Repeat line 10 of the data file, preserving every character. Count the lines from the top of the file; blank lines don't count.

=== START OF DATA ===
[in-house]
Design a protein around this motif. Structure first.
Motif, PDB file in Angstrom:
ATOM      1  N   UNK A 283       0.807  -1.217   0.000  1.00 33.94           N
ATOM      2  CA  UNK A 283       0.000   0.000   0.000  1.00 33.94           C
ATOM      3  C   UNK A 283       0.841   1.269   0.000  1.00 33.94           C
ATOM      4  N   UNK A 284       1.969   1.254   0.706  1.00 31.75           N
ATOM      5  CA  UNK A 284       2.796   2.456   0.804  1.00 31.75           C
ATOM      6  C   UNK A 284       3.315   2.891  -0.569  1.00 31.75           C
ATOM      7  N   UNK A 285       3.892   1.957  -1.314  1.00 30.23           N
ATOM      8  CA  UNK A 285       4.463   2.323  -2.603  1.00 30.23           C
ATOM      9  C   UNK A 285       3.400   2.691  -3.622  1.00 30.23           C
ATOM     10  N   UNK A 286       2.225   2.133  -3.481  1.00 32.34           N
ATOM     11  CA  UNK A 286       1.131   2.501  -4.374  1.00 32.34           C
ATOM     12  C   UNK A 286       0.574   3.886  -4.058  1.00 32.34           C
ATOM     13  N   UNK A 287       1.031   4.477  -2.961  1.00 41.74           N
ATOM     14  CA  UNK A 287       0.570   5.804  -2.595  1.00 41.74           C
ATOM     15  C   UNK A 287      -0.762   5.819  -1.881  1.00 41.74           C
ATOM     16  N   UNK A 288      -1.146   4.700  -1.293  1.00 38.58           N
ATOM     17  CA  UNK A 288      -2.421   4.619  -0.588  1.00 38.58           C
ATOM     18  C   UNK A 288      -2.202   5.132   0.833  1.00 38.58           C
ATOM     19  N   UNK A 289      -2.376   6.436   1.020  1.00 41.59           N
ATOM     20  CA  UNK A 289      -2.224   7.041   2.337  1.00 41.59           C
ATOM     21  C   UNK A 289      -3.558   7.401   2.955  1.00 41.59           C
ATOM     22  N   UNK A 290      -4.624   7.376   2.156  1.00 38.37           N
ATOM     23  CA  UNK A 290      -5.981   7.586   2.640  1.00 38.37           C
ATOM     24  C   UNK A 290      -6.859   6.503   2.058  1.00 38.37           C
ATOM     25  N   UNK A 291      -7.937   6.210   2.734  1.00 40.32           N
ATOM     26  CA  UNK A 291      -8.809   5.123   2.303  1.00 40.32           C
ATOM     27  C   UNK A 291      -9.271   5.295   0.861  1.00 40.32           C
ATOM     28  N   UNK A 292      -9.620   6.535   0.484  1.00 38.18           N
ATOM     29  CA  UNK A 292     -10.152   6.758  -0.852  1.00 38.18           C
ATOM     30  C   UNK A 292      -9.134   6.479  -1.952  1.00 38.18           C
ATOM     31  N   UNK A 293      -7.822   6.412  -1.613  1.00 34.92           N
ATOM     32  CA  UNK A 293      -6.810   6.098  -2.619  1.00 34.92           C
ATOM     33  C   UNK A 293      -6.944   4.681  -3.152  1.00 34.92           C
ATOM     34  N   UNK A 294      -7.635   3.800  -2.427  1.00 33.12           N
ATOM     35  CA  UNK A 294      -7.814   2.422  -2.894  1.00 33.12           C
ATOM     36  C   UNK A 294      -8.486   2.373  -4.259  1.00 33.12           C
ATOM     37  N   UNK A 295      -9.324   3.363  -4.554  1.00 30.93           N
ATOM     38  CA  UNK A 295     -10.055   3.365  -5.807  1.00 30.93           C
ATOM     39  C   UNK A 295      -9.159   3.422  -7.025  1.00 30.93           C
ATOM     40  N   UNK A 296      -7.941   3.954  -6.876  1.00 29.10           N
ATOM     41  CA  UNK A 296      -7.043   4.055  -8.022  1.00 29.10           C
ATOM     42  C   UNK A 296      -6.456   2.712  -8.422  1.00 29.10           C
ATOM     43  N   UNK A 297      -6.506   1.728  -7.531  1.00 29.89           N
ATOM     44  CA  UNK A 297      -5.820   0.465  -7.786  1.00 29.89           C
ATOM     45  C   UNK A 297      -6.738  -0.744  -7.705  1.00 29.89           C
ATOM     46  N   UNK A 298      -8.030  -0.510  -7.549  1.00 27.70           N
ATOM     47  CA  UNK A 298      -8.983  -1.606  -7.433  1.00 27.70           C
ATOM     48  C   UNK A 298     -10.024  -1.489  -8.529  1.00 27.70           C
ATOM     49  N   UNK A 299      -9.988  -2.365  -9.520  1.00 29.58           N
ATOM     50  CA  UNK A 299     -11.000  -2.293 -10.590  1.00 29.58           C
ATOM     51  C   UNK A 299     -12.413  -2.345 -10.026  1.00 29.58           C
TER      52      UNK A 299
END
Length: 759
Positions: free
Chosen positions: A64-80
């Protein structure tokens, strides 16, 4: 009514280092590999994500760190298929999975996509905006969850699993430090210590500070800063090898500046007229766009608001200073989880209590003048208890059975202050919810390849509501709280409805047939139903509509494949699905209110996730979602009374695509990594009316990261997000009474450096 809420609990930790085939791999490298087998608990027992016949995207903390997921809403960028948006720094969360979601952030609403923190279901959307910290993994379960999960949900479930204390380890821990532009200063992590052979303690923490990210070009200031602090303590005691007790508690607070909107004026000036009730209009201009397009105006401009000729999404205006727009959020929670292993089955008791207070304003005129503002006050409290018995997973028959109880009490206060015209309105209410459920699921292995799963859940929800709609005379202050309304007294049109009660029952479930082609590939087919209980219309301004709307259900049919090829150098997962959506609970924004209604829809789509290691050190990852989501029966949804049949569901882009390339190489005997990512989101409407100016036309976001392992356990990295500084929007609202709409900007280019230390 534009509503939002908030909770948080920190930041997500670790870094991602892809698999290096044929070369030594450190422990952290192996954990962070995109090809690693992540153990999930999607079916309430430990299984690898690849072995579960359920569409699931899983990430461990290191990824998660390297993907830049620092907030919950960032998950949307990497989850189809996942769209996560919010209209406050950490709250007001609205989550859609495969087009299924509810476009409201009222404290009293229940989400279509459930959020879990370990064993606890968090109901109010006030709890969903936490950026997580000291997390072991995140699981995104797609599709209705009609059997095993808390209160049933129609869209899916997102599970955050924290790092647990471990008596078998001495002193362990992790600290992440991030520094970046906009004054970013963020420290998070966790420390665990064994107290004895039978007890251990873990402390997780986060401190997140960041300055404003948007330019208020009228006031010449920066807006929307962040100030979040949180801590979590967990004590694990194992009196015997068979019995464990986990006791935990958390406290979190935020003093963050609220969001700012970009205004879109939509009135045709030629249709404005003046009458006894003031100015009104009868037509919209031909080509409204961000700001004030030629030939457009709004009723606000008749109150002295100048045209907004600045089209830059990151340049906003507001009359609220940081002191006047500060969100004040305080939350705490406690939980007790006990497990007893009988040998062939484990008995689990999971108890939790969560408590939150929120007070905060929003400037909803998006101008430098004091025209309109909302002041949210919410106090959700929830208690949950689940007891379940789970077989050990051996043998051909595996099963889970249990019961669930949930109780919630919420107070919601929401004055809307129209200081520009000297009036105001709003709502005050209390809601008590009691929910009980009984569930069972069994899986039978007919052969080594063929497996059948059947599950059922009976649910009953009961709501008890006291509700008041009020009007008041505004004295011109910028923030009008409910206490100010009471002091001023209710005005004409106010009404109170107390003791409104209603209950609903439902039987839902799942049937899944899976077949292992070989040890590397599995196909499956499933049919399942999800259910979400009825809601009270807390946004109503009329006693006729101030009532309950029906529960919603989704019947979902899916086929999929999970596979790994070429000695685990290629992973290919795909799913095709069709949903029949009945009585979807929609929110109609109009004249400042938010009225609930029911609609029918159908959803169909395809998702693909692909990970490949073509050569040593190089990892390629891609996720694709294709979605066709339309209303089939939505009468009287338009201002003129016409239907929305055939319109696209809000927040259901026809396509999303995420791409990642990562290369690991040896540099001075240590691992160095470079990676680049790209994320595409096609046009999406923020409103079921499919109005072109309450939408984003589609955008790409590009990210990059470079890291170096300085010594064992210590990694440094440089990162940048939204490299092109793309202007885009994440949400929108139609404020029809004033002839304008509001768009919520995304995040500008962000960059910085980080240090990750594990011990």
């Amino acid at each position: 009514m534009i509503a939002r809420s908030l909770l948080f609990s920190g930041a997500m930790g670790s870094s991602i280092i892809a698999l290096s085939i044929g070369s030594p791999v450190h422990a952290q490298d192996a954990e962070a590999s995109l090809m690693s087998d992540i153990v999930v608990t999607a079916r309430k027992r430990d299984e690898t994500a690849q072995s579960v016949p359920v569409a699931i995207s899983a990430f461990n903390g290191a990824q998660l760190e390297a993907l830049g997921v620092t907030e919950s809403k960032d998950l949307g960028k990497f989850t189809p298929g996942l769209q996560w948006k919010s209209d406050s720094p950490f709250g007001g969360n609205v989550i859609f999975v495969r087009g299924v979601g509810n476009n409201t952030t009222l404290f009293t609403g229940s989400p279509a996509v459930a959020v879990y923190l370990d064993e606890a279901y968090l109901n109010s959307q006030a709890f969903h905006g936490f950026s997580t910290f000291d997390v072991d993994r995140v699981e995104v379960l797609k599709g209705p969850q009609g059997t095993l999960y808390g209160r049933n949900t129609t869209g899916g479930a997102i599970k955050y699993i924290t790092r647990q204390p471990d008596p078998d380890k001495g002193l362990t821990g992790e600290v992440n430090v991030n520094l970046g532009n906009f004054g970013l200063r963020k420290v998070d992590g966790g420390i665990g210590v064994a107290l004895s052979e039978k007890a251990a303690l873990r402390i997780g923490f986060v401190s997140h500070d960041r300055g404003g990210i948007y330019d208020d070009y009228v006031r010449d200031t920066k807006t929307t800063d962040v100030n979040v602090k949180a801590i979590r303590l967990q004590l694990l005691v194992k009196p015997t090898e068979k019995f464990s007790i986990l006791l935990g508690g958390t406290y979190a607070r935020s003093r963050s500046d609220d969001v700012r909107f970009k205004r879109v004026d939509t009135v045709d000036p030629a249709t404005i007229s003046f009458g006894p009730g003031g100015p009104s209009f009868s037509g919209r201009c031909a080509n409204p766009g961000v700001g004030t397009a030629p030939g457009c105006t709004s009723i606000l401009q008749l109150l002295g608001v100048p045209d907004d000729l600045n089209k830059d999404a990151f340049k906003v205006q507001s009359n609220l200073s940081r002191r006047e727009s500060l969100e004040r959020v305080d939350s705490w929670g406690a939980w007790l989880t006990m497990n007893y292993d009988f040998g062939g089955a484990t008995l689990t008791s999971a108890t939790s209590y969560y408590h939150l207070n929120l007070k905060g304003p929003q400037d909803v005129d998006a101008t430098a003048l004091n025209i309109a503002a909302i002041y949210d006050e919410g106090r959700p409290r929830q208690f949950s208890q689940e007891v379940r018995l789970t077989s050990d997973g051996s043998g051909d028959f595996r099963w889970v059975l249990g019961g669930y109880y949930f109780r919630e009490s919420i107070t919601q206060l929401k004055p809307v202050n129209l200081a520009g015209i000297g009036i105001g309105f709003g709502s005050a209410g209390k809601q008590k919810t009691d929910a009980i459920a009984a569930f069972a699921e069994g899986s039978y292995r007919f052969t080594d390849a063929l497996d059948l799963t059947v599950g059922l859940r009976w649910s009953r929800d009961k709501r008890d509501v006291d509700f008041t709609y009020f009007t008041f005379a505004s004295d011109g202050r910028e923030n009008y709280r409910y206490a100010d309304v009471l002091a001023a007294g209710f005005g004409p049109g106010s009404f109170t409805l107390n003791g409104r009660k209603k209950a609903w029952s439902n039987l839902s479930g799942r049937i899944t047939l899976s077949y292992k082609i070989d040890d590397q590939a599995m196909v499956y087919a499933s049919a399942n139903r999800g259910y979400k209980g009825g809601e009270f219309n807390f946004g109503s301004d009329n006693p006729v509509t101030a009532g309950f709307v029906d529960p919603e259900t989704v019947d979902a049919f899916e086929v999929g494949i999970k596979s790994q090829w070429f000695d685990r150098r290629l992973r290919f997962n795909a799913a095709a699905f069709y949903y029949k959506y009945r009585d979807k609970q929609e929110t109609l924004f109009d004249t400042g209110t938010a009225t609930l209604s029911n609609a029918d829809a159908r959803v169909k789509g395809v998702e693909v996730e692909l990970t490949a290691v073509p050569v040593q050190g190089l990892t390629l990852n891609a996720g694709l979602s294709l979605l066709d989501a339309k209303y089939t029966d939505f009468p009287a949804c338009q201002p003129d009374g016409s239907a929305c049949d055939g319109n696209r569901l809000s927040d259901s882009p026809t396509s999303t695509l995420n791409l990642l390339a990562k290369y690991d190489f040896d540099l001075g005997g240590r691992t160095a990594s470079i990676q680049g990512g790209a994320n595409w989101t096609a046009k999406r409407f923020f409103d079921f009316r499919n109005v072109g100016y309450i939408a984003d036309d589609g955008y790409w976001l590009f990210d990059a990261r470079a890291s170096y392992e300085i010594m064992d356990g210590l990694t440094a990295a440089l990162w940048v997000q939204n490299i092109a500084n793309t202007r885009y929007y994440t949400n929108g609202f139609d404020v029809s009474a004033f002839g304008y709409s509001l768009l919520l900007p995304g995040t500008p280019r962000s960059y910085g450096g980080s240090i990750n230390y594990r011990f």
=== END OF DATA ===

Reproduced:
ATOM      7  N   UNK A 285       3.892   1.957  -1.314  1.00 30.23           N